Lincolnshire officials considering tax-sharing deal with local brewpub

Lincolnshire officials are considering a tax-sharing deal with a local brewpub to help the business raise money for expansion.

The Half Day Brewing Co., which is in the Village Green Shopping Center at Milwaukee Avenue and Olde Half Day Road, is seeking a multiyear tax rebate that could total $250,000.

The company wants to use the money to expand brewing capacity and begin distributing kegs of its products to the Tap House Grill restaurants in the suburbs. The brewpub and the restaurant chain both are owned by the Tap House Grill Management Group.

Half Day Brewing also plans to begin selling its beer in cans to other restaurants and to liquor stores.

The proposed tax deal would return to the business half the proceeds of sales tax and food and beverage tax the village collects from Half Day Brewing.

The rebate would be limited to $100,000 annually and would cap at $250,000 over the life of the deal.

The company initially wanted to borrow $500,000 from the village, but the tax-sharing deal developed after village officials voiced concern about lending money to a restaurant operation, Village Manager Brad Burke said.

"The village has not provided loans to businesses in the past," Burke said.

Half Day expects to pay the village $96,000 in sales tax and food and beverage tax annually, according to a memo Burke wrote to trustees. Based on that estimate, an estimated $48,000 would go back to the business each year, and the business likely would hit the $250,000 cap within five or six years, Burke wrote.

Reimbursements would be quarterly.

Half Day Brewing opened in 2016 in the same space that housed Flatlander's Restaurant & Brewery from 1996 to 2012.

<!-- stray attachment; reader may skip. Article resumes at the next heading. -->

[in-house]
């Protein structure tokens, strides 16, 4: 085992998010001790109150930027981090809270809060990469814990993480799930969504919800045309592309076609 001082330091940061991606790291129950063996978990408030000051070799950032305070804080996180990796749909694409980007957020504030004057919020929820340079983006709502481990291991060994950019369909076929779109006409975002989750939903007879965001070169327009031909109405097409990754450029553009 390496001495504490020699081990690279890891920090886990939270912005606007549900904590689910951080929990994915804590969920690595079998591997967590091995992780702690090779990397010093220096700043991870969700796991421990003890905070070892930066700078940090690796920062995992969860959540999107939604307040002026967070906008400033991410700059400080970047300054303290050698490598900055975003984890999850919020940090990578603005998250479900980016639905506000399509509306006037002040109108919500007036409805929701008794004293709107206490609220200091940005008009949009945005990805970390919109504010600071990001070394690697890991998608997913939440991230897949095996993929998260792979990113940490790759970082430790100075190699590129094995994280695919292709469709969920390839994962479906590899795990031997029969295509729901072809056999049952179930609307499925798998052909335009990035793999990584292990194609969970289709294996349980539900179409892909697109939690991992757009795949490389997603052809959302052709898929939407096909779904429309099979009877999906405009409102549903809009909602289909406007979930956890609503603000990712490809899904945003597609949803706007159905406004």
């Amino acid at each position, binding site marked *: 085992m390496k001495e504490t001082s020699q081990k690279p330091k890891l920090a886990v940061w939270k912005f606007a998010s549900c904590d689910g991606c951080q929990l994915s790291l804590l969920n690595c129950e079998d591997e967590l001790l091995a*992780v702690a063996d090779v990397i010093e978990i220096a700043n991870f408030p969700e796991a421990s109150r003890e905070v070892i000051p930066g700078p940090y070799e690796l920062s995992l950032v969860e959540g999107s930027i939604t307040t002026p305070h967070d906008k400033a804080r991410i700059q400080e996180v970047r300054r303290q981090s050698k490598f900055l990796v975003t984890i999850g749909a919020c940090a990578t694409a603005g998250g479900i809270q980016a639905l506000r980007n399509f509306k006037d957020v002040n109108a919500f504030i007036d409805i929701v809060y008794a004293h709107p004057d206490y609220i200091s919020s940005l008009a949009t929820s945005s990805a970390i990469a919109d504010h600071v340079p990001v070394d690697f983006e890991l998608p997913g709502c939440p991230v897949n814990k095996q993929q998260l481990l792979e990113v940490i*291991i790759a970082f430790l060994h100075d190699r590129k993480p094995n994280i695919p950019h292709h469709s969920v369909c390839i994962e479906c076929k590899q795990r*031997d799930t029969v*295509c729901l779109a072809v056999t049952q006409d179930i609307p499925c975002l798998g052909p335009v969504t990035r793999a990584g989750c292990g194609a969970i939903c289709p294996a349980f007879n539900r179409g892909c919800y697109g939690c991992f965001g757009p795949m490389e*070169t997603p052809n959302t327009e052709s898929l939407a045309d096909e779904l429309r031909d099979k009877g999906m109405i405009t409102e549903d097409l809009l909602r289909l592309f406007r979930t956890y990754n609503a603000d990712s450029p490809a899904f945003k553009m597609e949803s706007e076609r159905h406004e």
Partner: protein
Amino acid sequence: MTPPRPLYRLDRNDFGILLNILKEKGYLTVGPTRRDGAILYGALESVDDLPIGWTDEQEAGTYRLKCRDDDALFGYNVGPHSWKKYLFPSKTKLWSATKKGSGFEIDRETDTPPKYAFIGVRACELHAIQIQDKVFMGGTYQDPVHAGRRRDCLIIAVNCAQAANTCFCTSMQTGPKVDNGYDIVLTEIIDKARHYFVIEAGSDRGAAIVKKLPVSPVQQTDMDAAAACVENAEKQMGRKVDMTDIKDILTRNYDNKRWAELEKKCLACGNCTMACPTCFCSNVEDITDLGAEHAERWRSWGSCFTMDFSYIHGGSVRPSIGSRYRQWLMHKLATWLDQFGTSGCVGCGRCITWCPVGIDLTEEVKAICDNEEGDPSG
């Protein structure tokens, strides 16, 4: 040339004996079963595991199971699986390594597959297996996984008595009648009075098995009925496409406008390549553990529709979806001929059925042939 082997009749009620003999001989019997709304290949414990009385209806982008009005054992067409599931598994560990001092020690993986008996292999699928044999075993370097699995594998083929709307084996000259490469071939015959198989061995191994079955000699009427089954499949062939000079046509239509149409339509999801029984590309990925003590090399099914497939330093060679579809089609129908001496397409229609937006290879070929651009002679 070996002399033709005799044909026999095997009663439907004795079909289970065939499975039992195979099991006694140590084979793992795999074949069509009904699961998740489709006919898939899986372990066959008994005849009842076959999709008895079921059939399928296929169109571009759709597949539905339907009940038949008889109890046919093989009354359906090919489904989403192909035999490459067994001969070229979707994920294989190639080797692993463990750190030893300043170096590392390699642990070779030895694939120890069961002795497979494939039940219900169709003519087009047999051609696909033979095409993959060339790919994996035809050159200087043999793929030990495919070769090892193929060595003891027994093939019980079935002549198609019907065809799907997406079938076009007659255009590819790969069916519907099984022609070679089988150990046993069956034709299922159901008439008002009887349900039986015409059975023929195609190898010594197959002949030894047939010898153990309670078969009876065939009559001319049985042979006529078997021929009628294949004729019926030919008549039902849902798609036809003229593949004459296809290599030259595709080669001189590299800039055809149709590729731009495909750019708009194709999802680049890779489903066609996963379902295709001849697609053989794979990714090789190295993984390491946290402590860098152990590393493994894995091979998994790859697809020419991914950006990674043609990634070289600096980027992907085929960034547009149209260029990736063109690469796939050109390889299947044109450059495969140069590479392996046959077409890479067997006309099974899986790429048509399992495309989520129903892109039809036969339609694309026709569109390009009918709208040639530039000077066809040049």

Tax-sharing deals are most commonly offered as an incentive to entrepreneurs considering opening a business in a community, rather than existing businesses.

Burke sees the proposal as a chance to help Half Day Brewing expand its local operation and maintain its viability "in the competitive restaurant market."

Officials also don't want Half Day Brewing to leave and for its 14,500-square-foot building to be vacant for years once more.

"Given the size of the facility, it was a tough restaurant space to fill," Burke said.

If the brewpub closes and fails to open again in Lincolnshire within 18 months, or if it closes and then reopens out of town, the company would have to repay a portion of the tax rebate.

Additionally, if the business outgrows its current location, the deal requires the owners to find a different location in Lincolnshire.

A Tap House Grill Management representative couldn't be reached for comment.

Village officials publicly reviewed the proposal Tuesday night during a committee-of-the-whole meeting. The board could approve the plan at its June 11 session.

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